Documenting Drug Allergies and Drug Intolerance

Documenting Drug Allergies and Drug Intolerance

Promote coding specificity and improved quality of care.

It’s extremely important to teach patients the difference between true allergic reactions to drugs and anticipated adverse effects to drugs because treatment decisions could be affected. When patients are able to accurately describe their symptoms, physicians are better equipped to improve health outcomes and generate quality data through accurate diagnosis coding.

Drug Allergy vs. Intolerance

An allergic reaction occurs when the immune system overreacts to a harmless substance, such as a drug, which triggers an allergic response. Intolerances to drugs may produce similar symptoms, but do not involve the immune system.
For example: A patient may indicate that he is “allergic to penicillin” because he experiences diarrhea when taking penicillin. A patient may say she is “allergic to aspirin” because taking aspirin gives her heartburn. A patient may claim to be “allergic to cough syrup with codeine” because he experiences constipation and drowsiness when taking opium-derived medications. Such adverse effects are drug intolerances, rather than allergic reactions.
Symptoms of allergic drug reactions may include:

  • Constriction of the airways and wheezing or breathing difficulties, tightness in chest
  • Fainting, dizziness, confusion, or weakness
  • Fall in blood pressure, sometimes to dangerously low levels
  • Fever
  • Hives, rashes, and itching
  • Swelling of tissues (in the face, tongue, lips and/or throat), which can impact breathing and swallowing
  • Tachycardia
  • Weak pulse, paleness
  • Vomiting

When coding an adverse effect for a drug that was correctly prescribed and properly administered:

  1. Code for the side effect of the drug (e.g., diarrhea);
  2. Code for the adverse effect of the drug; and then
  3. Code the underlying treated condition that necessitates the drug.

Adverse Effect Example

Here’s an example of an adverse effect from a properly prescribed and properly administered drug and how to code:
Initial encounter for opioid-induced constipation due to hydrocodone the patient takes for chronic pain. Chronic pain caused by lumbosacral spinal stenosis and intervertebral disc disorders in the thoracic region with radiculopathy, which were diagnosed four years ago.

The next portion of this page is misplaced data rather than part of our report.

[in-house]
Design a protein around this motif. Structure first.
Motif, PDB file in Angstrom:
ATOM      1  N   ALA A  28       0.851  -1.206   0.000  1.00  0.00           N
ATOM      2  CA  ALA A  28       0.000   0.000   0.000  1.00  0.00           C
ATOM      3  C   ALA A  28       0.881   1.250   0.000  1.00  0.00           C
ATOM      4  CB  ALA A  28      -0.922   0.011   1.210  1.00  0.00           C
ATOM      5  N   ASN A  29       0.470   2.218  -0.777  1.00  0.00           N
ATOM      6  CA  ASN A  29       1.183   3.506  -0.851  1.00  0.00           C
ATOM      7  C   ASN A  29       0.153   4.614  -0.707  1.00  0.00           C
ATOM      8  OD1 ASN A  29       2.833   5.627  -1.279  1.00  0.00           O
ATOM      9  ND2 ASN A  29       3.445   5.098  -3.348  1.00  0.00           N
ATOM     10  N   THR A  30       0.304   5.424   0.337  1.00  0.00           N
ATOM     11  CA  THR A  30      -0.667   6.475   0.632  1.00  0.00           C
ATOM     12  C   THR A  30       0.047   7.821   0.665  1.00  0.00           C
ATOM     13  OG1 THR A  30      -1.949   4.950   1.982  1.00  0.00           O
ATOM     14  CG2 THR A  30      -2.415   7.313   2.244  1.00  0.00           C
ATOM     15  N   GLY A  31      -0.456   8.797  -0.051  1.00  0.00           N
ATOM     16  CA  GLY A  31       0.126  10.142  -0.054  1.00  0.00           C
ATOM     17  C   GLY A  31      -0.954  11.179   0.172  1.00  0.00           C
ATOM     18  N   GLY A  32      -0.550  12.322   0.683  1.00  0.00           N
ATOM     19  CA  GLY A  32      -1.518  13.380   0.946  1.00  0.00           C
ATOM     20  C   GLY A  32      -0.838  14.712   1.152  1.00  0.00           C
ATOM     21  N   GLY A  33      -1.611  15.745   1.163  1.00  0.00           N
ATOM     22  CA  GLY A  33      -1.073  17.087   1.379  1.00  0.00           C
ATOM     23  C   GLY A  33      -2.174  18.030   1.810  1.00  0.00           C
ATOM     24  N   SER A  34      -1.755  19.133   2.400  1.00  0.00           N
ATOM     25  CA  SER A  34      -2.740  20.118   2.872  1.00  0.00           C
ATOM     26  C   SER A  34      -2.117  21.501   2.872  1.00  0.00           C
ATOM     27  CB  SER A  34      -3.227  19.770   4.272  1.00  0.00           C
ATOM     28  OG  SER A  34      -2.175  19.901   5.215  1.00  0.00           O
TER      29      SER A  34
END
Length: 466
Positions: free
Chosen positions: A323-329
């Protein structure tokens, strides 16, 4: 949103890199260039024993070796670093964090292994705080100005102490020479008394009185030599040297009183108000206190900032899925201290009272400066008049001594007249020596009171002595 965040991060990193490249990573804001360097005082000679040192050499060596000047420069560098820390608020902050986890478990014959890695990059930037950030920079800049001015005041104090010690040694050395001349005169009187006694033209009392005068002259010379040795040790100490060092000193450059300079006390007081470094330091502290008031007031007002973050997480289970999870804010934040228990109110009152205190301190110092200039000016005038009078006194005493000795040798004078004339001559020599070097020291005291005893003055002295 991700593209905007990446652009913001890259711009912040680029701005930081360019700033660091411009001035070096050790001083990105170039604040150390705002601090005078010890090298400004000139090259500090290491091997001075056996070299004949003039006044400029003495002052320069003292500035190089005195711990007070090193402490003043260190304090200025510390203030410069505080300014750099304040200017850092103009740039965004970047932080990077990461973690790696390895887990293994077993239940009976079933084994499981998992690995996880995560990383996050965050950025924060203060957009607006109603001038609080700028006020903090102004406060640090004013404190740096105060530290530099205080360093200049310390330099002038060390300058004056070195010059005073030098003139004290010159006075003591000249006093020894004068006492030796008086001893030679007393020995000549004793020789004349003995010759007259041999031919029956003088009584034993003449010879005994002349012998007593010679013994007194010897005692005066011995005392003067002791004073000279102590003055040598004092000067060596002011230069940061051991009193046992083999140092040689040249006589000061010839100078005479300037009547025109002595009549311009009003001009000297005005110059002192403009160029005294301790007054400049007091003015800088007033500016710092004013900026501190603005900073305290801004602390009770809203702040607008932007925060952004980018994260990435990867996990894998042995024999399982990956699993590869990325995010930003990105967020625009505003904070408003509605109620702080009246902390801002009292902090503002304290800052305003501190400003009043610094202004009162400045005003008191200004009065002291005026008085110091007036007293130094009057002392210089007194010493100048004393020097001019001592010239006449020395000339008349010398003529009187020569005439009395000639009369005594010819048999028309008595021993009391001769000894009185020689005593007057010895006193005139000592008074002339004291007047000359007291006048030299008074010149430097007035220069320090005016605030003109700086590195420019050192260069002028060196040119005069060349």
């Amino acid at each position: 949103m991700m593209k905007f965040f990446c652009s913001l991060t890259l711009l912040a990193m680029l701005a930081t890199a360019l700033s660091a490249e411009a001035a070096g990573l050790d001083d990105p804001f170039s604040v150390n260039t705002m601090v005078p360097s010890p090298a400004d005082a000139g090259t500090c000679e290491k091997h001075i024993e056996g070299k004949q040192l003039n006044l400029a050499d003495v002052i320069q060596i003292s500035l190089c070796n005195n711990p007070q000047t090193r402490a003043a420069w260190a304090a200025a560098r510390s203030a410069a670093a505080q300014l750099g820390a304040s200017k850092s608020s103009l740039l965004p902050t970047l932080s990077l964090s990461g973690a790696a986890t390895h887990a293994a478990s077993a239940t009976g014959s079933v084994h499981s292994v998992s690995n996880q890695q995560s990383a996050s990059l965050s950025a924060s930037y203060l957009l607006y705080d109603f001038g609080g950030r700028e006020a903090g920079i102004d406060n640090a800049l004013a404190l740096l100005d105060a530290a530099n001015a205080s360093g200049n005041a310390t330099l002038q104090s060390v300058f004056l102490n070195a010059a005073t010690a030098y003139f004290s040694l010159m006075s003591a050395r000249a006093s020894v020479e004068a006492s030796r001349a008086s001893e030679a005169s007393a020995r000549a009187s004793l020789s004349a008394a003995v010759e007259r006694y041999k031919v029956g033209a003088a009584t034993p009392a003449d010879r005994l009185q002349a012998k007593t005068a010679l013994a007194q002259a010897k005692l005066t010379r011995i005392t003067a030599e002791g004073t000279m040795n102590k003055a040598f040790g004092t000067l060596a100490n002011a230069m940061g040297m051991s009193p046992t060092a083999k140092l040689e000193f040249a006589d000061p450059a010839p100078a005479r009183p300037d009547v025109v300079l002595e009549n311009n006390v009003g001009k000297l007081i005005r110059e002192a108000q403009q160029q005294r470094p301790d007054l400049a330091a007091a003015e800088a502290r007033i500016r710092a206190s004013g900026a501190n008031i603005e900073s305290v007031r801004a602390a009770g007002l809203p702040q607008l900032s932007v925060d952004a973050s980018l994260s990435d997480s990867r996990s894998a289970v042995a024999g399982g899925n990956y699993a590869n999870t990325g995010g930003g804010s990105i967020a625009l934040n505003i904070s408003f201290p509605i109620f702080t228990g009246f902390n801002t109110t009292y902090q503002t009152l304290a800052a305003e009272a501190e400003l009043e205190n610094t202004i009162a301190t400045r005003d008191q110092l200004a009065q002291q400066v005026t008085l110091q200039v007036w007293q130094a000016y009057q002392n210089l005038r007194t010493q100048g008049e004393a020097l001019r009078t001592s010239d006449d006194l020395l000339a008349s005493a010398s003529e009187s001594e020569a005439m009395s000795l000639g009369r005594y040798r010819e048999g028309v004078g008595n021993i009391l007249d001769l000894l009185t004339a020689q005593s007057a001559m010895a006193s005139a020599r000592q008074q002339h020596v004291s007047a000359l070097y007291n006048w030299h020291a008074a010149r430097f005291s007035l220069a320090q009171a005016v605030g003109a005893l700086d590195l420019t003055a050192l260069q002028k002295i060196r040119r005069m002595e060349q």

K59.03          Drug induced constipation
T40.2X5A     Adverse effect of other opioids, initial encounter
M48.07         Spinal stenosis, lumbosacral region
M51.14          Intervertebral disc disorders with radiculopathy, thoracic region
G89.29         Other chronic pain

Allergic Reaction Example

Here’s an example of an allergic reaction to medication:
Initial encounter for a patient who went into anaphylactic shock after taking properly prescribed and properly administered penicillin for cellulitis of the buttock.
T88.6XXA     Anaphylactic reaction due to adverse effect of correct drug or medicament properly administered, initial encounter
T36.0X5A     Adverse effect of penicillins, initial encounter
L03.317         Cellulitis of buttock

Documentation Must Be Specific

If you’re in a position to educate your service providers or clinical staff, ask them to be specific about the drug reaction the patient experienced, and to document which drug caused the reaction. This will help differentiate between a patient with a true drug allergy and a patient with a drug intolerance. This documentation may also help support a higher level of medical decision-making for an evaluation and management service, aid the service provider in choosing an alternate medication, and promote quality patient care.


Here are two good articles relating to drug allergies and adverse effects:
Merck Manual Consumer Version. Smith Marsh, Daphne. “Allergies to Drugs:”
American Pharmacists Association. “Allergy or Adverse Effect: Teach Patients the Difference,” March 1, 2014:

Maryann Palmeter

About Has 23 Posts

Maryann C. Palmeter, CPC, CPCO, CPMA, CENTC, CHC, has more than 30 years of technical and executive level experience gained through her work on both the government payer and professional billing ends of the healthcare spectrum. She is director of physician billing compliance at the University of Florida Jacksonville Physicians, Inc., and is responsible for providing professional direction and oversight to the billing compliance program of the University of Florida College of MedicineJacksonville. Palmeter served on the AAPC’s National Advisory Board from 2011-2013 and was subsequently selected to serve as secretary for the 2013-2015 term. She was named the AAPC’s 2010 “Member of the Year” and is the vice president for the Jacksonville, Fla., local chapter.

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